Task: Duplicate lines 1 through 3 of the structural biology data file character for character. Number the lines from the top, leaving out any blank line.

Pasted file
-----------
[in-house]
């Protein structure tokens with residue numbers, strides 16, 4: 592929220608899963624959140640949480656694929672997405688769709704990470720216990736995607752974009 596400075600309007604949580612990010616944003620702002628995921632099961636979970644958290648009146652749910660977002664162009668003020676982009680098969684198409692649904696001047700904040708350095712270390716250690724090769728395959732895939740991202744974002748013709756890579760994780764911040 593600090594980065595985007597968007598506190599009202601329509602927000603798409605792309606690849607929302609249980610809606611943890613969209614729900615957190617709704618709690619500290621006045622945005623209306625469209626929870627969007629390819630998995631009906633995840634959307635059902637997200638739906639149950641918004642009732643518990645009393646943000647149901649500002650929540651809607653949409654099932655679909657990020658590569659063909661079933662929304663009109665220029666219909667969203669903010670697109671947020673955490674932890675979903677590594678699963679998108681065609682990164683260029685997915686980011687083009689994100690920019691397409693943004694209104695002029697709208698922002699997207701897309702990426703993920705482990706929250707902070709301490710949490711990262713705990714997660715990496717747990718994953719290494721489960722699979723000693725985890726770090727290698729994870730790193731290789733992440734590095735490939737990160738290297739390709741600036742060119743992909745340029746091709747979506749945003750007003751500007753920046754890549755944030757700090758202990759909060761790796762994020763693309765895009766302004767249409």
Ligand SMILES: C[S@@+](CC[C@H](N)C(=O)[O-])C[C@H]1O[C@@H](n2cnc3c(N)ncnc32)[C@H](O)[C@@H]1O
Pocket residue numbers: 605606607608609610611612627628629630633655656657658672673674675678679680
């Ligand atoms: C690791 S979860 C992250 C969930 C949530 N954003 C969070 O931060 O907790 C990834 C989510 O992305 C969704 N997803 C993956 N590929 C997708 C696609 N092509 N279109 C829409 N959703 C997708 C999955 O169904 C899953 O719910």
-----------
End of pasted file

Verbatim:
[in-house]
């Protein structure tokens with residue numbers, strides 16, 4: 592929220608899963624959140640949480656694929672997405688769709704990470720216990736995607752974009 596400075600309007604949580612990010616944003620702002628995921632099961636979970644958290648009146652749910660977002664162009668003020676982009680098969684198409692649904696001047700904040708350095712270390716250690724090769728395959732895939740991202744974002748013709756890579760994780764911040 593600090594980065595985007597968007598506190599009202601329509602927000603798409605792309606690849607929302609249980610809606611943890613969209614729900615957190617709704618709690619500290621006045622945005623209306625469209626929870627969007629390819630998995631009906633995840634959307635059902637997200638739906639149950641918004642009732643518990645009393646943000647149901649500002650929540651809607653949409654099932655679909657990020658590569659063909661079933662929304663009109665220029666219909667969203669903010670697109671947020673955490674932890675979903677590594678699963679998108681065609682990164683260029685997915686980011687083009689994100690920019691397409693943004694209104695002029697709208698922002699997207701897309702990426703993920705482990706929250707902070709301490710949490711990262713705990714997660715990496717747990718994953719290494721489960722699979723000693725985890726770090727290698729994870730790193731290789733992440734590095735490939737990160738290297739390709741600036742060119743992909745340029746091709747979506749945003750007003751500007753920046754890549755944030757700090758202990759909060761790796762994020763693309765895009766302004767249409």
Ligand SMILES: C[S@@+](CC[C@H](N)C(=O)[O-])C[C@H]1O[C@@H](n2cnc3c(N)ncnc32)[C@H](O)[C@@H]1O